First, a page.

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Staggering New Data on COVID-19 Impacts for Arts & Cultural Orgs

From early March, ArtsFund has been surveying the art sector to better understand impacts of COVID-19 on the cultural sector’s operations, programming, and workforce. This crisis has had devastating impacts throughout our community—dramatically affecting work and life for each of us. While the mandated closures are essential for public health, they are having immediate and profound effects on our region’s arts nonprofits, artists, and cultural workers. Most recently, we collected data over a two week period in April from 90 organizations representing arts, culture, and science nonprofits. 

 The groups surveyed, predominately located in King County, represent organizations with budgets under $250K to over $5M and ranging from arts education groups to the zoo, with many more in between, yet the impacts are nearly universal. Here is what we learned.  

FINANCIAL IMPACTS  

Projected loss of revenue for fiscal year 2020 is between $133,245,923 and $135,340,923. The range allows for low and high impact estimates, factoring in uncertainty about when and how organizations will be allowed to reopen. These estimates do not capture the losses that will carry over into next fiscal year.  

 LABOR IMPACTS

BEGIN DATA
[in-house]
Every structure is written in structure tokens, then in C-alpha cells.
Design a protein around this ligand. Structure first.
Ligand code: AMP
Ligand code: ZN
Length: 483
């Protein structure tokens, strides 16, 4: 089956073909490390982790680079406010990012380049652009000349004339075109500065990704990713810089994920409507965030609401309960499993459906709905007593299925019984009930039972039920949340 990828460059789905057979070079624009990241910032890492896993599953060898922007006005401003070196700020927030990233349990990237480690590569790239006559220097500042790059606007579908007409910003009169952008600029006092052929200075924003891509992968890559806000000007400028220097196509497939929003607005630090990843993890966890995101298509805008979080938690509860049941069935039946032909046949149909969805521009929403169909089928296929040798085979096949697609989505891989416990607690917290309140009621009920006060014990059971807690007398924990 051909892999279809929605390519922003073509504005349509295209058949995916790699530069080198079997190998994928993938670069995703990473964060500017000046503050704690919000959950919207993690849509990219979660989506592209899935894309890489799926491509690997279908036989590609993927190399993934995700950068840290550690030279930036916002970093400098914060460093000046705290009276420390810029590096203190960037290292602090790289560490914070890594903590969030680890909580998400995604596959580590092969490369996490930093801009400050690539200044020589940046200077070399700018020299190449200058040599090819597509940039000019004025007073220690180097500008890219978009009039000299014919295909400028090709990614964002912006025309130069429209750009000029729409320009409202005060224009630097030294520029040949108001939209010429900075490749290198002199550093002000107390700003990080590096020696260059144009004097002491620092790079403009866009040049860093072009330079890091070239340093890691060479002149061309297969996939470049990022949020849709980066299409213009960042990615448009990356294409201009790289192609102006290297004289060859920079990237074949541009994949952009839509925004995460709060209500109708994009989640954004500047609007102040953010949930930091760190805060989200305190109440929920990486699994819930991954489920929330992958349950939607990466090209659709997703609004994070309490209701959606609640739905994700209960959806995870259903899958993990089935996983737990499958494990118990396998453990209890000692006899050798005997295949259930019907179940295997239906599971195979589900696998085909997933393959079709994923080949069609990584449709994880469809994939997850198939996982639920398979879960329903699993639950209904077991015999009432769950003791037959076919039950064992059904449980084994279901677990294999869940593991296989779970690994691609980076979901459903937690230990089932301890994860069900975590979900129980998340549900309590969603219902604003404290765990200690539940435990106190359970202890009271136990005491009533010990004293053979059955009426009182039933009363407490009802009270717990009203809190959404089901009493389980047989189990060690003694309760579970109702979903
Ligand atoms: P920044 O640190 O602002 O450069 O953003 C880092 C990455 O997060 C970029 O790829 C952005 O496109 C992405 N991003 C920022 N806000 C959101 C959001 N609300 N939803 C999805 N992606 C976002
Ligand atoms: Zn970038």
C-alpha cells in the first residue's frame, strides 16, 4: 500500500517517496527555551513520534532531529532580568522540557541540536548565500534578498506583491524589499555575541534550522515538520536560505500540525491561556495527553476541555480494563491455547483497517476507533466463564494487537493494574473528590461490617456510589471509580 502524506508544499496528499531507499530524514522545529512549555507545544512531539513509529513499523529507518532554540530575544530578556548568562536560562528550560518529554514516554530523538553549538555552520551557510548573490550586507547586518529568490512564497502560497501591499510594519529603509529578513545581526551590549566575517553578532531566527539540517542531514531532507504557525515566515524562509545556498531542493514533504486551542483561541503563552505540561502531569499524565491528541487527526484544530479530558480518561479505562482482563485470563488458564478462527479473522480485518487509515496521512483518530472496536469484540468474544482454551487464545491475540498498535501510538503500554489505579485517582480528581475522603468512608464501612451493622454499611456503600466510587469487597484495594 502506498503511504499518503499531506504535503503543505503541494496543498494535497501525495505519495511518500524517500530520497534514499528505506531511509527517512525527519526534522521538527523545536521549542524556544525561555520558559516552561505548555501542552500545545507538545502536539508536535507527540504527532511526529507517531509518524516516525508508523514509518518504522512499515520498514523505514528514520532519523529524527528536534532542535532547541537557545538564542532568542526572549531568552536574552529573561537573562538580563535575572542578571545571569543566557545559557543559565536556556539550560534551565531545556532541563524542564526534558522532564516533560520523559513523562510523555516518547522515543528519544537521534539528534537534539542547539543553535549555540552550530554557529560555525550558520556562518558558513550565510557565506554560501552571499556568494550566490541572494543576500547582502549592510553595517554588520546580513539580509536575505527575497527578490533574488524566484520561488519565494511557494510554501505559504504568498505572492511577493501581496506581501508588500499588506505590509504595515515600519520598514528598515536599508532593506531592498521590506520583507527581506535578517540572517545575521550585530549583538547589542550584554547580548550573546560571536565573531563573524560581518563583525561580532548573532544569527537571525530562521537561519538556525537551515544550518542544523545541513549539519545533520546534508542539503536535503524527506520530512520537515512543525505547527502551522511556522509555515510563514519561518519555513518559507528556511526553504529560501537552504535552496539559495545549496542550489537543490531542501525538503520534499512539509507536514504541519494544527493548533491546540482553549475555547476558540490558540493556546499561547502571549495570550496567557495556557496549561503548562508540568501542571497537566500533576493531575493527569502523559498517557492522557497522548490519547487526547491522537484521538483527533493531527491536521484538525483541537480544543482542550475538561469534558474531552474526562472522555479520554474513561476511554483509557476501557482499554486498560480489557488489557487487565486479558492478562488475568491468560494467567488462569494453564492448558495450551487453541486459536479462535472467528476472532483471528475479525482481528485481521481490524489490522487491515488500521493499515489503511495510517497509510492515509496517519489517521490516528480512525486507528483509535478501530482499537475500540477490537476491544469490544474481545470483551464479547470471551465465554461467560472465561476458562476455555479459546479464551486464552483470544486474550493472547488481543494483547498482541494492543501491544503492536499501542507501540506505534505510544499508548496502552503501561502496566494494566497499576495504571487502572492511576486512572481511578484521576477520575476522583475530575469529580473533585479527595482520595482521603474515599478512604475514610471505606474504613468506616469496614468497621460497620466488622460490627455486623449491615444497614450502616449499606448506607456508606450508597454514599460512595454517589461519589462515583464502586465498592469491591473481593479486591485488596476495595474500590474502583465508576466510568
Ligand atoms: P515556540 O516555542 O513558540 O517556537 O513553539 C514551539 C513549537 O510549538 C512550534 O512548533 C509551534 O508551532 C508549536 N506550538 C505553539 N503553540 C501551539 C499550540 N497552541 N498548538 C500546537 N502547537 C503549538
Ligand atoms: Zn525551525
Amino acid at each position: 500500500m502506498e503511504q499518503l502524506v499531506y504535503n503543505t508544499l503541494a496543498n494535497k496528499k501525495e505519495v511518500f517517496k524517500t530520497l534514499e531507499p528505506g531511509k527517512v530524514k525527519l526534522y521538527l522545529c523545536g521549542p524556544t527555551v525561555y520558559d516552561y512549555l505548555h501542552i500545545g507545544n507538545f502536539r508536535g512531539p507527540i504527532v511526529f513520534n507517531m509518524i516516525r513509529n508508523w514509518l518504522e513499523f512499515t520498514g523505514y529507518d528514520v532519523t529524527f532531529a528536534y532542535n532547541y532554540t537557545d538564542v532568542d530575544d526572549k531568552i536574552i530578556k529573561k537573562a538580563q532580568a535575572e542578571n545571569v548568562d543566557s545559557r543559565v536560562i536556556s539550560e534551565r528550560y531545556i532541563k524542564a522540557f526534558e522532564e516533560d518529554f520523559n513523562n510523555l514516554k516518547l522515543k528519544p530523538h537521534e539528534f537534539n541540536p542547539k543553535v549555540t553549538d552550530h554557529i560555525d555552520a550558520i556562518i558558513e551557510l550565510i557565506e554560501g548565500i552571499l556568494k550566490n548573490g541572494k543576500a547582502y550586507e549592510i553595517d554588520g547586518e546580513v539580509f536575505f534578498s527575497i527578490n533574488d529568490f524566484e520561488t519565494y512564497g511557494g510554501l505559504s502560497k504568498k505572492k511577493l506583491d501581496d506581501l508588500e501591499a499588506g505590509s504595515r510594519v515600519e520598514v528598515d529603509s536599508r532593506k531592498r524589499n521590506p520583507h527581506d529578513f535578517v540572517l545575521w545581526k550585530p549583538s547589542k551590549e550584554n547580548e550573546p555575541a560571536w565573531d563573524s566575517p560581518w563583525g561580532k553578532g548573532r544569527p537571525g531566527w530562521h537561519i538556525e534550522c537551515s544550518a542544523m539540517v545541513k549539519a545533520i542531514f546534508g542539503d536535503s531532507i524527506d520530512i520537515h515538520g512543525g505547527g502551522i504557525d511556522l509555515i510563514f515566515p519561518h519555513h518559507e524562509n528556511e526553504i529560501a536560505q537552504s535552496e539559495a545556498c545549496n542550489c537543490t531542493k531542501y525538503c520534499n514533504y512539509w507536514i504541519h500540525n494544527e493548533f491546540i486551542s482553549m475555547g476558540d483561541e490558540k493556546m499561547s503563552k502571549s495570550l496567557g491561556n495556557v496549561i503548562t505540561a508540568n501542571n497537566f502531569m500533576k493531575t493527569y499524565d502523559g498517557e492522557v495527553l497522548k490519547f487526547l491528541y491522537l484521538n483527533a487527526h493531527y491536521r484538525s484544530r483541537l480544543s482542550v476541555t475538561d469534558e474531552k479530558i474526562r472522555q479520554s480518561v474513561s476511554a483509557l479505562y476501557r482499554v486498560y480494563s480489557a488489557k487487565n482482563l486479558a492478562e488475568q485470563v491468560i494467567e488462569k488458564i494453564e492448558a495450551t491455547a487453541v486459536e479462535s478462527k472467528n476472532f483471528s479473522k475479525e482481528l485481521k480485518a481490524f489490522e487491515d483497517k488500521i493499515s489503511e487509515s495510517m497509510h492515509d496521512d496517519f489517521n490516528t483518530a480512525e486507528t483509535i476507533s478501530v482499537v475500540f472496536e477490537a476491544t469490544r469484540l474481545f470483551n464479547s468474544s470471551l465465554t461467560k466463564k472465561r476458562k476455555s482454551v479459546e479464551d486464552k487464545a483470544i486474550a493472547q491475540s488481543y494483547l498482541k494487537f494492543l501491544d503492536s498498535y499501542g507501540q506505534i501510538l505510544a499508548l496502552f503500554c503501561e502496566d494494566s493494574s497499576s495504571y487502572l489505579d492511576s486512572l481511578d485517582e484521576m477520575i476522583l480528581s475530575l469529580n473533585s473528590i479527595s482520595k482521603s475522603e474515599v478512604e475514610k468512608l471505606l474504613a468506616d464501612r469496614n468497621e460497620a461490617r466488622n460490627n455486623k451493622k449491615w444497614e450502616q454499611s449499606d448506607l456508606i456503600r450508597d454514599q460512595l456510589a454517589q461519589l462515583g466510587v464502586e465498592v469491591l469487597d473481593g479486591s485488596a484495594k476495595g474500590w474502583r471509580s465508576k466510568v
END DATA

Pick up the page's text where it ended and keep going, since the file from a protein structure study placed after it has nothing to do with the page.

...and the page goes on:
4,976 employees have been furloughed or laid off. This includes 638 full-time, 1508 part-time, and 2830 seasonal-and contractual-staff. This total does not capture hiring freezes that organizations implemented, many of whom hire additional seasonal or contractual employees for their high season. It also does not account for reduced pay, or reduced hours for employees who are still working. 

PROGRAMMING IMPACTS  

97% of our region’s arts, cultural and scientific nonprofits have had to cancel programs as a result of this crisis. These programs provide not only organizational revenue, they also play important roles in their communities. Organizations are concerned that programs serving historically marginalized communities are particularly at risk. 

Nonprofits also depend on fundraisers for critical contributed income, and 76% of cultural nonprofits have had to cancel their fundraisers as a result of the pandemic.  

Over half of all groups are experiencing challenges related to a decline in membership and subscriptions (56%), a loss of sponsorships (56%), and have faced challenges in facility upkeep (51%).  

 These findings underscore the critical need to provide near-term relief to enable arts and cultural organizations to maintain essential functions and retain core staff throughout the current public health crisis so that they are able to reopen when possible.  

Support the COVID-19 Arts Emergency Relief Fund.

Photo: courtesy of Seattle Theatre Group, photo by Nadia Quitslund.